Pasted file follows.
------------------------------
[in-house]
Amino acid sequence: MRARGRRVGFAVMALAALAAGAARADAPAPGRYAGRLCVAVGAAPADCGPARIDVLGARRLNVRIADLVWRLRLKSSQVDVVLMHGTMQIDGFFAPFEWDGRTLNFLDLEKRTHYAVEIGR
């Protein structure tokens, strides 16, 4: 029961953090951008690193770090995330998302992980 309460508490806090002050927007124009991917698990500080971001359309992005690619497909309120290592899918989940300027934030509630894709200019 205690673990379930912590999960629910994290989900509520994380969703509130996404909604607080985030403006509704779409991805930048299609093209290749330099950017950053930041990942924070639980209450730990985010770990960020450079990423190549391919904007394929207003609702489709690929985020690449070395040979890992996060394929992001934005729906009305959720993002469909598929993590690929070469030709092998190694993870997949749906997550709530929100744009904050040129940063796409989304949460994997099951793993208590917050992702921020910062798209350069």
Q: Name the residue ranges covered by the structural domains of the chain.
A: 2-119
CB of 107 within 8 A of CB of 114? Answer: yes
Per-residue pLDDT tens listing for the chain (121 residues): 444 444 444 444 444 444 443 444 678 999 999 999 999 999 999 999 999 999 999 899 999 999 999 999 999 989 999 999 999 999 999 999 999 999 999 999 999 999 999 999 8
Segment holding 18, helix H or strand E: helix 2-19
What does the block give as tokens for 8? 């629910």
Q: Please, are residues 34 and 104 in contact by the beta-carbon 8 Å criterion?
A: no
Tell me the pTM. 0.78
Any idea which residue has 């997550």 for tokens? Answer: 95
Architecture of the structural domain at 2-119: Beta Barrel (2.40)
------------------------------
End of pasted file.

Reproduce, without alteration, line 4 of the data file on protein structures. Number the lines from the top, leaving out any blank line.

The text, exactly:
Q: Name the residue ranges covered by the structural domains of the chain.